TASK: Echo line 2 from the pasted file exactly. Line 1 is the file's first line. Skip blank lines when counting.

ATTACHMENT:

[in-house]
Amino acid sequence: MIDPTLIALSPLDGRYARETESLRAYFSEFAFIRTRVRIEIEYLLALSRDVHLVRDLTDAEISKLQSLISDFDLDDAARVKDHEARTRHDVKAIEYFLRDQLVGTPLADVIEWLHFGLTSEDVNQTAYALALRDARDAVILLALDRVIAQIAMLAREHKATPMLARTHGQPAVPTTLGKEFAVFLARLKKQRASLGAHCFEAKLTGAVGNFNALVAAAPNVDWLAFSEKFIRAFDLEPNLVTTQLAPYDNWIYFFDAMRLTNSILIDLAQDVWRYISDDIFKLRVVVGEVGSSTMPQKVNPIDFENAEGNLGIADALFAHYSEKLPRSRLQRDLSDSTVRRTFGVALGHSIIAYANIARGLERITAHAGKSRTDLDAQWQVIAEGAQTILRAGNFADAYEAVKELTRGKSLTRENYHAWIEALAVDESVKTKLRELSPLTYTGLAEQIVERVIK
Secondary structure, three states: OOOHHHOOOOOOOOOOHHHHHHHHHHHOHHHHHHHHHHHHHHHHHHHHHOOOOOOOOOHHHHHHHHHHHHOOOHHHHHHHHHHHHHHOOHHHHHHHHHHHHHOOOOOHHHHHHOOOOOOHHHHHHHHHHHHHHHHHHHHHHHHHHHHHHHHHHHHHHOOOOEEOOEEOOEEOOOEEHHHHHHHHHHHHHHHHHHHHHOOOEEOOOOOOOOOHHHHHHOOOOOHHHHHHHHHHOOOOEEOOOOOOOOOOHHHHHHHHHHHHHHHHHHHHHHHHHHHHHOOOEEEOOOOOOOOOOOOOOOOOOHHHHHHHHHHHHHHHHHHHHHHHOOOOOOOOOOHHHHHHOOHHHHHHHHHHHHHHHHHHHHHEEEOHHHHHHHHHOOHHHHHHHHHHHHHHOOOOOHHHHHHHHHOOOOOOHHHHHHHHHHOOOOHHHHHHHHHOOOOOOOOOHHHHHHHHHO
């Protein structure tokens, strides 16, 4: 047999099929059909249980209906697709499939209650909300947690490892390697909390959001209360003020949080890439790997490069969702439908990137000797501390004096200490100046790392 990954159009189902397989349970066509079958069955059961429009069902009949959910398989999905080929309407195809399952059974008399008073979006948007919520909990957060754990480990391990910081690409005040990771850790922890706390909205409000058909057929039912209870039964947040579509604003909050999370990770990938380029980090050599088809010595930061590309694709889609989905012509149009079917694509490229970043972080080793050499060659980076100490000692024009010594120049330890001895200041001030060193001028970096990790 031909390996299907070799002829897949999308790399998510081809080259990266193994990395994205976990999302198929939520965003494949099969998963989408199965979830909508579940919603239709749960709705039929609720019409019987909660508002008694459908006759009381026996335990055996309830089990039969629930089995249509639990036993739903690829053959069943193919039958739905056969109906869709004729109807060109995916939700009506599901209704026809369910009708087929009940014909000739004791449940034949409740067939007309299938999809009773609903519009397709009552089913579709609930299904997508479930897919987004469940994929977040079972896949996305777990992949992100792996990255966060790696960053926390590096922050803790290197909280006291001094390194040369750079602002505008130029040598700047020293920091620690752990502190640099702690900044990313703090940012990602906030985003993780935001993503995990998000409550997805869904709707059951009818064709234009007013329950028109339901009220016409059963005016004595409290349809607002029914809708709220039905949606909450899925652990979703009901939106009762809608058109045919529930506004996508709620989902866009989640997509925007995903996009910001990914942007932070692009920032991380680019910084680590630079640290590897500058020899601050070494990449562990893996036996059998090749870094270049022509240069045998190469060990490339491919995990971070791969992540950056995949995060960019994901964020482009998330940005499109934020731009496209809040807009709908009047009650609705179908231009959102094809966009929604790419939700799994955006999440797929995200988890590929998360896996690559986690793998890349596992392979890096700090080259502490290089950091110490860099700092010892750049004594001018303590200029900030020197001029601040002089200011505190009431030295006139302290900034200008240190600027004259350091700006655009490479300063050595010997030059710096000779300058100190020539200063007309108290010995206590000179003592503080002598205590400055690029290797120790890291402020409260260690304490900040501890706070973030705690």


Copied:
Amino acid sequence: MIDPTLIALSPLDGRYARETESLRAYFSEFAFIRTRVRIEIEYLLALSRDVHLVRDLTDAEISKLQSLISDFDLDDAARVKDHEARTRHDVKAIEYFLRDQLVGTPLADVIEWLHFGLTSEDVNQTAYALALRDARDAVILLALDRVIAQIAMLAREHKATPMLARTHGQPAVPTTLGKEFAVFLARLKKQRASLGAHCFEAKLTGAVGNFNALVAAAPNVDWLAFSEKFIRAFDLEPNLVTTQLAPYDNWIYFFDAMRLTNSILIDLAQDVWRYISDDIFKLRVVVGEVGSSTMPQKVNPIDFENAEGNLGIADALFAHYSEKLPRSRLQRDLSDSTVRRTFGVALGHSIIAYANIARGLERITAHAGKSRTDLDAQWQVIAEGAQTILRAGNFADAYEAVKELTRGKSLTRENYHAWIEALAVDESVKTKLRELSPLTYTGLAEQIVERVIK